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While working on a project, I often have to run these commands sequentially git add --all; git commit -m "some commit message"; git push to push the recent work to the remote repository.

I thought it would be better to write a function, that encapsulates these three commands and put that in my .zshrc file, so it is available everytime I start the shell. So I wrote the following function,

gp() {
    git add --all
    git commit -m "$*"
    git push
}

export -f gp

When I source the .zshrc file or start a new shell session. It throws the following error:

parse error near `()'

I have checked online for the correct syntax for defining function and the above function looks correct to me. I am at loss here on how to resolve this error, will greatly appreciate your help.

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  • That export statement seems tobe taken from bash. You can't export a function like that in zsh. However, that should give you an error saying export: invalid option(s). The error that you mention seems modified. Did it not have some more text at the start of the line, like zsh: or something, or something that refers to a line in a file? The function is correct.
    – Kusalananda
    Sep 8, 2022 at 10:47
  • export -f is a bash thing. If you want to export/import functions in zsh (but really you probably don't), you'd have to add provision for that in ~/.zshenv (not recommended). Other than that, the syntax is correct (except you'd probably want to use "${(j[ ])argv}" rather than "$*" to join the arguments with space rather than whatever is the first character of $IFS and add some error handling). The error is likely caused by something further up the file or by MSDOS-style line endings. Sep 8, 2022 at 10:49
  • In any case, run info zsh function to learn how you may define a function in zsh. Sep 8, 2022 at 10:54
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    you probably don't want to do this at all, by the way; I know git add --all seems very efficient, but I can't tell you how many times beginners have started cursing themselves a week after they started doing that, when they checked in all kinds of half-done changes, temporary and irrelevant files and then had problems when these changed. So, "34 year old grumpy old supervisor/software maintainer wisdom": Whenever you want to git add --all, restrain yourself and don't. Sep 8, 2022 at 12:09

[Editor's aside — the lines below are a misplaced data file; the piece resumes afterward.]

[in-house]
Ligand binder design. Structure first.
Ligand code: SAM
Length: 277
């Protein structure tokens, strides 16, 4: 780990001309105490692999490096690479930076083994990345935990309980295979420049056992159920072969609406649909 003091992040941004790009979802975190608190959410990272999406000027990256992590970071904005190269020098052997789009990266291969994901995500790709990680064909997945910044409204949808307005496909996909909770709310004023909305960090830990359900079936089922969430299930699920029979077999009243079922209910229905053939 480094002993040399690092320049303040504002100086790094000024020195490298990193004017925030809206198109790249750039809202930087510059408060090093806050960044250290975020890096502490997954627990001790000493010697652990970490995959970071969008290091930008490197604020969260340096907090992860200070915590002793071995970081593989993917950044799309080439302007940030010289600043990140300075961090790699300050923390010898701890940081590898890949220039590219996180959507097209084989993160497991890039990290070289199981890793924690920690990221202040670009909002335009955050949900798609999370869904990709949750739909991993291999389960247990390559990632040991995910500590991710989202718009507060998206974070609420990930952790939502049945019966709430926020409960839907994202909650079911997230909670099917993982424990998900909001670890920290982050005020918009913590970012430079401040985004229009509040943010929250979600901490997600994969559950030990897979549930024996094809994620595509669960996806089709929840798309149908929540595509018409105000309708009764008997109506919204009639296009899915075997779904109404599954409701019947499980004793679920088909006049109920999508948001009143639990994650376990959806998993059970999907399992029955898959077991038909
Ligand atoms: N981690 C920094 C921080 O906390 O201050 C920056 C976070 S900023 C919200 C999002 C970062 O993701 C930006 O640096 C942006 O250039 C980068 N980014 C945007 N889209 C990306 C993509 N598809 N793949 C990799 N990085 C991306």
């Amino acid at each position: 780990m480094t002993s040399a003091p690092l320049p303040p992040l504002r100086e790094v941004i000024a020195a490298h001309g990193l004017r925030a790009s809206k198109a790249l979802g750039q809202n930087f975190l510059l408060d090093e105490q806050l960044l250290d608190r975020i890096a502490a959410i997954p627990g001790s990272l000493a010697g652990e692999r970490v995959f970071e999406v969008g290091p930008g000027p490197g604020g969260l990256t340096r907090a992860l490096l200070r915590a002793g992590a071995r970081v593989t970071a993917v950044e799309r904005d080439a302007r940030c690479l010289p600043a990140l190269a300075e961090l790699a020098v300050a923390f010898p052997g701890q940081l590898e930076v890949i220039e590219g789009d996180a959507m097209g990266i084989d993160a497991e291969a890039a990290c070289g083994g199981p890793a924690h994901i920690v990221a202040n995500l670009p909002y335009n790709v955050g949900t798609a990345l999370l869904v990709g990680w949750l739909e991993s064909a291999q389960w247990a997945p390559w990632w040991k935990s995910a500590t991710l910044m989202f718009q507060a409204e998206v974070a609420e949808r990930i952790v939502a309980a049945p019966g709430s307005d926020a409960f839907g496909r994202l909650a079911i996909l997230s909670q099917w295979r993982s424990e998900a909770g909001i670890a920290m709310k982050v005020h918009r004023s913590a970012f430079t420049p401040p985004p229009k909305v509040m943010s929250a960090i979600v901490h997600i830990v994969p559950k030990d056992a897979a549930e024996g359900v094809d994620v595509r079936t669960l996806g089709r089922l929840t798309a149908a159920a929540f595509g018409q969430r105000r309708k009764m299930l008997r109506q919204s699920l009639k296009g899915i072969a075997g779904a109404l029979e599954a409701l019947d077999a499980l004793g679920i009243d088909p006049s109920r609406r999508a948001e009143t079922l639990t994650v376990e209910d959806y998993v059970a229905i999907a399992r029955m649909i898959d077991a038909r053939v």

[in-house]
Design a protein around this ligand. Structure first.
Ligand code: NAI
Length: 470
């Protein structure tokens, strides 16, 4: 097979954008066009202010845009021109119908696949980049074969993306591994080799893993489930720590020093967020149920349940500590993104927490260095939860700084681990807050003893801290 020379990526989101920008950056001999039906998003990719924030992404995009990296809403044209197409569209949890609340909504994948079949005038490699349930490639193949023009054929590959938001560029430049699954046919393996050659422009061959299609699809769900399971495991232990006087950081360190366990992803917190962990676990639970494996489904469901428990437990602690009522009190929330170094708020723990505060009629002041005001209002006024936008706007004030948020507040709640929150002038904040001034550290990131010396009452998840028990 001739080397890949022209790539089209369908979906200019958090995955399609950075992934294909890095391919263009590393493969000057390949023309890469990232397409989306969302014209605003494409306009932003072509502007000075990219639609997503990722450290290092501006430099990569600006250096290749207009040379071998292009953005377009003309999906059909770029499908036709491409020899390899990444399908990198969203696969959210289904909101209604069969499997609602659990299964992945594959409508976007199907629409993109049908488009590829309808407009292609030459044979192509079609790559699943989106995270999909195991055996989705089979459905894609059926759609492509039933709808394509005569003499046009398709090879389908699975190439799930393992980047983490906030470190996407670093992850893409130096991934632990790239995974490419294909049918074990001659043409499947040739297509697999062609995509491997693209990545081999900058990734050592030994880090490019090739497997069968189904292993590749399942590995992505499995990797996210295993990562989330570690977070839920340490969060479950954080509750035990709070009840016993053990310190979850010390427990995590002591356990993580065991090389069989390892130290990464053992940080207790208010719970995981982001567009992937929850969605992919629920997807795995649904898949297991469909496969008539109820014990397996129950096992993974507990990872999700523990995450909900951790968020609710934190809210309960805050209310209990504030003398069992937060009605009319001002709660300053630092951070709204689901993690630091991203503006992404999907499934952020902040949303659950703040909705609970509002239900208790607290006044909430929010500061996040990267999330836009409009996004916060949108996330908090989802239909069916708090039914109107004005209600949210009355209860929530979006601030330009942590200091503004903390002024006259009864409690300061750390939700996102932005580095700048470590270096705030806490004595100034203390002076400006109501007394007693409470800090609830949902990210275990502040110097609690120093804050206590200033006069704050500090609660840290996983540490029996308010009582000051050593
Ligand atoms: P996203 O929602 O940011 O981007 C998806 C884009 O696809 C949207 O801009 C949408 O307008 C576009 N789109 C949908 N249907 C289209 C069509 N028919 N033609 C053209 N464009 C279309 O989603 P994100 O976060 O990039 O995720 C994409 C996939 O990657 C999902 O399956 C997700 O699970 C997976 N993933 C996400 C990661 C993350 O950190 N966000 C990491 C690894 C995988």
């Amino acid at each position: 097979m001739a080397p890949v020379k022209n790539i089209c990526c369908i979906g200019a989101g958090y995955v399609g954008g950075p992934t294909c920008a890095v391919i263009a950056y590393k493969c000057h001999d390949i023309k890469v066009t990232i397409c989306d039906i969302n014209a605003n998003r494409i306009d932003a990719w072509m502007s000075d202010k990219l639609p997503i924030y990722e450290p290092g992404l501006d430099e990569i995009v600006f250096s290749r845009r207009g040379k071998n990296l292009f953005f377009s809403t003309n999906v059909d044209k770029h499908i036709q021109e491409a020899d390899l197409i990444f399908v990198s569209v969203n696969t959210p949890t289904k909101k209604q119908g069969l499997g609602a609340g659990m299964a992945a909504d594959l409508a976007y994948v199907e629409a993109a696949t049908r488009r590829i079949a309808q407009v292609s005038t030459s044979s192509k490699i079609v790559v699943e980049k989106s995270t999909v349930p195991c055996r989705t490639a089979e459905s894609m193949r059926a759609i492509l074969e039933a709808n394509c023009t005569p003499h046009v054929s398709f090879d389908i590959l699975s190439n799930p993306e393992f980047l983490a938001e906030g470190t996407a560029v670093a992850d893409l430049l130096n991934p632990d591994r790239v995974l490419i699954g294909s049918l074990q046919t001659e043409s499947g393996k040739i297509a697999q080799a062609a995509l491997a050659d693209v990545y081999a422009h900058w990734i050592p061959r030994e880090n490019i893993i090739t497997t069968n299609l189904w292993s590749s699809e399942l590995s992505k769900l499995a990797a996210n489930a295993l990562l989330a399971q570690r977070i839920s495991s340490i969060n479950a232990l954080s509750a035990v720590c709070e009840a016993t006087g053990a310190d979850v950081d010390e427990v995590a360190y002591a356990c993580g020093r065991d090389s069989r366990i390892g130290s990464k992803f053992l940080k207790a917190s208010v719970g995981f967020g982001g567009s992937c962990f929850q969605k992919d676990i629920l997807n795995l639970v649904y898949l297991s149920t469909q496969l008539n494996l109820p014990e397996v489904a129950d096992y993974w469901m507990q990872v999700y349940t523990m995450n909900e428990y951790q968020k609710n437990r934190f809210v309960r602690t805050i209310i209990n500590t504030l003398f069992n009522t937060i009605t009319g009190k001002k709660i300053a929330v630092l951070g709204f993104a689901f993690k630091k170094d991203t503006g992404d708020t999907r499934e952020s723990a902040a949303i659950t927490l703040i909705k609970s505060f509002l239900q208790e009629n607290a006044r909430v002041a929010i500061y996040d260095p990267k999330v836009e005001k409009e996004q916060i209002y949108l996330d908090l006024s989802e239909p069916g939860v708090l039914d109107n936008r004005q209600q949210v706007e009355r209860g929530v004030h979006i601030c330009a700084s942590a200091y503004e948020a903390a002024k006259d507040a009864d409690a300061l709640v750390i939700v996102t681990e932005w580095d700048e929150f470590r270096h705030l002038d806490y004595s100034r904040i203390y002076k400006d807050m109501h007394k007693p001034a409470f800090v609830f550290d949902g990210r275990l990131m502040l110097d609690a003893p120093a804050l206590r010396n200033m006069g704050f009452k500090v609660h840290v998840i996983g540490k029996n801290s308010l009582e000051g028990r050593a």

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    (this is not an exaggeration. From all the students I've advised unless they knew git before, most of them had to learn this the hard way, which then meant removing files they added with git add -a, resolving dozens of conflicts and losing hours of work time, just because someone on the internet wrote always adding all files would be a good idea. It's really not.) Sep 8, 2022 at 12:10

1 Answer 1

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function-name() command

is one of several function definition syntaxes supported by zsh, the one from the Bourne shell from the early 80s, so that part of your code is fine.

If you get a parse error near `()' error on that, it's likely because from the start the parser is not expecting a function definition.

For instance, that's the error you'd get in:

case x in
gp() {
  body
}

As after case x in, zsh expects a case pattern or esac, not a function definition.

So the problem is likely somewhere in a part of the zshrc you're not showing. Syntax errors also often arise when scripts are formatted with MSDOS line ending (CRLF instead of LF) like when they've been edited on a Microsoft Windows systems. dos2unix can be used to fix those.

Other than that note that export -f function-name is a bash-only feature.

zsh has no equivalent to that dangerous feature, though you could implement it by hand by adding some function importing logic in your ~/.zshenv.

"$*" is also something you'd do in sh/bash as they don't have any better way to do it. That joins the positional parameters with the first character of $IFS, whatever it is at the time. In zsh, rather than leaving it up to a roll of the dice, you can specify explicitly what separator to use when joining with the j parameter expansion flag: ${(j[ ])@} for instance to join the positional parameters with spaces.

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